Aged care workers can now experience what it feels like to live with dementia at an Australian-first dementia learning centre that uses light, sound, colour, visual content and serious gaming technology to create a virtual reality.
The Perc Walkley Dementia Learning Centre is a key feature of Alzheimer’s Australia Vic’s new facility in Parkville, Melbourne, which was opened by Alzheimer’s Australia National President Ita Buttrose on Wednesday.
The training centre features doughnut shaped mood lighting, a 10 metre by two metre projection wall, an interactive touch screen and gesture-sensor technology.
It allows students to be immersed in the virtual world of someone with dementia and experience the cognitive and perceptual difficulties they might face in their daily life that can make ordinary tasks challenging or dangerous.
While conventional video games are made to entertain, serious games use traditional gaming technology and techniques to create tools for education or a particular purpose, said Norman Wang, the founder of Opaque MultiMedia, which is developing the virtual dementia experience (VDE).
“Normally people can understand dementia at an intellectual level. We are using immersive virtual reality so people can understand it at a visceral level,” Mr Wang said.
The Avatar-like technology is based on input from Alzheimer’s Australia Vic, people working in the aged care sector and researchers from Monash University as well as Opaque MultiMedia’s own research on the effects of ageing and the different stages of dementia, Mr Wang said.
Through consultation with Alzheimer’s Australia Vic, the first scenario developed focuses on the bathroom experience because that was one of the most difficult and potentially dangerous areas identified, he said.
Rather than using a controller, the operator uses their hands to move through the virtual world and can grab things. The movement is mirrored by a pair of virtual hands on the projection.
The user’s interactions have a significant impact on how the experience unfolds. And instructors have control over any aspect of the experience and can swap the rules at any point to alter it.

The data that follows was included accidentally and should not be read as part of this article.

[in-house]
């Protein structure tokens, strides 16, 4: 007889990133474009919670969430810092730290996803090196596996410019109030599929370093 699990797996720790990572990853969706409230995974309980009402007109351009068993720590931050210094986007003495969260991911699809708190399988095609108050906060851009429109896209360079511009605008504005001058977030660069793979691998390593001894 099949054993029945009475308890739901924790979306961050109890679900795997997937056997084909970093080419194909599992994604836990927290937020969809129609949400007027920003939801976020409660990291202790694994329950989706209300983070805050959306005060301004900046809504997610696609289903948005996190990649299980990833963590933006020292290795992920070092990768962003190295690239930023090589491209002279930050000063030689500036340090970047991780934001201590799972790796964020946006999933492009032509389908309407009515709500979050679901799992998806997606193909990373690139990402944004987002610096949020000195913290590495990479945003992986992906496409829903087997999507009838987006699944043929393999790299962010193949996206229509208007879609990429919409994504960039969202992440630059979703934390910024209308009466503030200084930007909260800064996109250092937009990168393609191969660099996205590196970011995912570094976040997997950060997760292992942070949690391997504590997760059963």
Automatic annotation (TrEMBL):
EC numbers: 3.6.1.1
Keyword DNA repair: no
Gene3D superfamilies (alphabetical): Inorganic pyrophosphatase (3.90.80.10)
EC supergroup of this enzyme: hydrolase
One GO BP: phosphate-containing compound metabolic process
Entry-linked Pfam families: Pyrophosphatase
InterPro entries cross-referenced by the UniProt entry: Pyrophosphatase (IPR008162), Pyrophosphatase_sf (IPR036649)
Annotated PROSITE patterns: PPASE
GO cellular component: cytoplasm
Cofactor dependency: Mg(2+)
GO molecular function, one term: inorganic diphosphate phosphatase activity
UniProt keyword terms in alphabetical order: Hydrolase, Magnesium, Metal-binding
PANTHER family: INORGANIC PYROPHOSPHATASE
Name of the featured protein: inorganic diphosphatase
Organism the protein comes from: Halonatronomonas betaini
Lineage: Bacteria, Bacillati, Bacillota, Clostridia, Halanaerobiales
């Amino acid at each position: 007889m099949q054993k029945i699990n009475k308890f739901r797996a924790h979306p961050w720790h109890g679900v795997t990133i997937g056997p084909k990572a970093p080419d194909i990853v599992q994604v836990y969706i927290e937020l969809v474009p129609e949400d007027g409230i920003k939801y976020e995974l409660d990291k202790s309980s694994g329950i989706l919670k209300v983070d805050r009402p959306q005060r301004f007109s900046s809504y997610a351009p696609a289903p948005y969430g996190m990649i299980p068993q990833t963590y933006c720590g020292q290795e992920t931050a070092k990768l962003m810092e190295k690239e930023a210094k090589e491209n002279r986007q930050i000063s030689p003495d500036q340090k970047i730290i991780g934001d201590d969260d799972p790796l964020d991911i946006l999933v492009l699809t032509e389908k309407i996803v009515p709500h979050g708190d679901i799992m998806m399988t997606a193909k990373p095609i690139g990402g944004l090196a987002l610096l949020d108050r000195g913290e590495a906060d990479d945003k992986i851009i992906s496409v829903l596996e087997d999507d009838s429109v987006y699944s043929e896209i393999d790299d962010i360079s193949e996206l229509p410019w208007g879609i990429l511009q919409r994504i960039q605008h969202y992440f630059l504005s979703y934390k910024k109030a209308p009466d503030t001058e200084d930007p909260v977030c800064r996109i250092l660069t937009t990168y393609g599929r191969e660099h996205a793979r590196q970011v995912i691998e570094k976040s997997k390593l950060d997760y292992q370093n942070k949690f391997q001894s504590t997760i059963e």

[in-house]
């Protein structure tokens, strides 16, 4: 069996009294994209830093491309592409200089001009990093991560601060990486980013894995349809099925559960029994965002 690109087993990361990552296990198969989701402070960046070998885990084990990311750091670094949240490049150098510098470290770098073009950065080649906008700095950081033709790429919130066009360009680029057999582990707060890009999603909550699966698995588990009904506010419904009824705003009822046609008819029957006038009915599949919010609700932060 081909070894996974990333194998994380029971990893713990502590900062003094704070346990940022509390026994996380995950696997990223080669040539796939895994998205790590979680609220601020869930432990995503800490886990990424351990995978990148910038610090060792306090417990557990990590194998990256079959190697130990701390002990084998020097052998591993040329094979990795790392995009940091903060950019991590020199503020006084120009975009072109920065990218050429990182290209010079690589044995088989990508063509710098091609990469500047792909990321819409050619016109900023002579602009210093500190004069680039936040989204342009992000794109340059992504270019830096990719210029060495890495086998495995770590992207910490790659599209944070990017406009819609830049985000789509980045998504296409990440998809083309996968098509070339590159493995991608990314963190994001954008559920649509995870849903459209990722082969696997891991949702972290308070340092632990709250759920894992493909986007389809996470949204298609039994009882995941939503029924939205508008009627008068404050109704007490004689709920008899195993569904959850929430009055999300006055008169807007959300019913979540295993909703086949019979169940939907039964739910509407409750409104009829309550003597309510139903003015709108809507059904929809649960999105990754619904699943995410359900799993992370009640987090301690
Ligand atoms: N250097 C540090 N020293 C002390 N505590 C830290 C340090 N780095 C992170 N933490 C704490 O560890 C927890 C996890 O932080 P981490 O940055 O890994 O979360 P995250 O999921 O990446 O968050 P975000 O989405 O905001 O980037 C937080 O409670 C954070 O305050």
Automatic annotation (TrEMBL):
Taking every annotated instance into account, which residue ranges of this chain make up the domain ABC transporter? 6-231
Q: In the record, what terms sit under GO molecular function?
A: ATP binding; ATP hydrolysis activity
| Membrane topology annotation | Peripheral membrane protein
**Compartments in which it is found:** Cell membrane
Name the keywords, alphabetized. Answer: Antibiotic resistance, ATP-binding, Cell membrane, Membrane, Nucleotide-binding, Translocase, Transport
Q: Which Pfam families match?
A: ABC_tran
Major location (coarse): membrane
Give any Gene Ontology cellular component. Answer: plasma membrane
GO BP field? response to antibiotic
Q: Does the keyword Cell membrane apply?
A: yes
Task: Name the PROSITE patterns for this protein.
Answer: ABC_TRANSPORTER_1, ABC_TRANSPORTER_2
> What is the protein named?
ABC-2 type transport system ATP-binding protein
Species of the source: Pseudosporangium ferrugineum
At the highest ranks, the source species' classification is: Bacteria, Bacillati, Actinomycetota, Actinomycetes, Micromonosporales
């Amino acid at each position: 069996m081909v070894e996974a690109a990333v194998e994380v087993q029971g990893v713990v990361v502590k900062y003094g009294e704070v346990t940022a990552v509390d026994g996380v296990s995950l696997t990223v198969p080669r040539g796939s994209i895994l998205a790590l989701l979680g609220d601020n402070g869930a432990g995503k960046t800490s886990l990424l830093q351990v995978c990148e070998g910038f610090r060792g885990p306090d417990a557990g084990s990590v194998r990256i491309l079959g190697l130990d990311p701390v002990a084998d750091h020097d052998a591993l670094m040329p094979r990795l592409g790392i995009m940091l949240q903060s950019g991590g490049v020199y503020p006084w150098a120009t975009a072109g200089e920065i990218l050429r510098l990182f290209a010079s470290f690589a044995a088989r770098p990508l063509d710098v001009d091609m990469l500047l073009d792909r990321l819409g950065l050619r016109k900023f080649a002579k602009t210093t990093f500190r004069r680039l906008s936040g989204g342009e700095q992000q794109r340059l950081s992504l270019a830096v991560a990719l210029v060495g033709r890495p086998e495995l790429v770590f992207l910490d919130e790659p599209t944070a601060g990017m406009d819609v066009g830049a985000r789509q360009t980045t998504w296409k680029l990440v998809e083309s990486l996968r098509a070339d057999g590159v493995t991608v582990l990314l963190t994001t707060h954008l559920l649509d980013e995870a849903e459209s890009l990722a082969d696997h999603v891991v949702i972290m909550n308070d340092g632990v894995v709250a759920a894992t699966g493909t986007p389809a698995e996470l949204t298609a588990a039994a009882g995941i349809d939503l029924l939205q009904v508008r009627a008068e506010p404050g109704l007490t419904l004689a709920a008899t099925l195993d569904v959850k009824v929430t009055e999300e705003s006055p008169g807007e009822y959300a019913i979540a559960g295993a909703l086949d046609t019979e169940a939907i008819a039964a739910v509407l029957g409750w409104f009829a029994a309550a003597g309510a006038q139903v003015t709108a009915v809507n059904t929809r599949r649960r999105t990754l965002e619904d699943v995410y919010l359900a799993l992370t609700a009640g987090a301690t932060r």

“We can create special effects, such as have surfaces that ripple or change colour,” Mr Wang said.
They can also change objects to give people without dementia the experience of being unable to distinguish between objects or fine detail, replicate poor motor skill and enhance or dull light and sounds.
When someone is standing in front of the projection, it occupies their peripheral vision as well as their centre vision because it is so large, he said.
“Because your senses are completely over-ridden, it is as if you’re part of the virtual world rather than being an observer.”
Alzheimer’s Australia Vic is in the process of developing educational programs around the simulation tool and will be offering courses by the end of the year.
“The intention is to lead our course participants into thinking differently in their approach to caring,” said Maree McCabe, CEO, Alzheimer’s Australia Vic.
“We are committed to creating the better-skilled, quality aged and healthcare workforce we need for the future.”
The new facility showcases dementia friendly design features with the intention of educating and calling for all workplaces, homes and public spaces to commit to becoming dementia friendly, she said.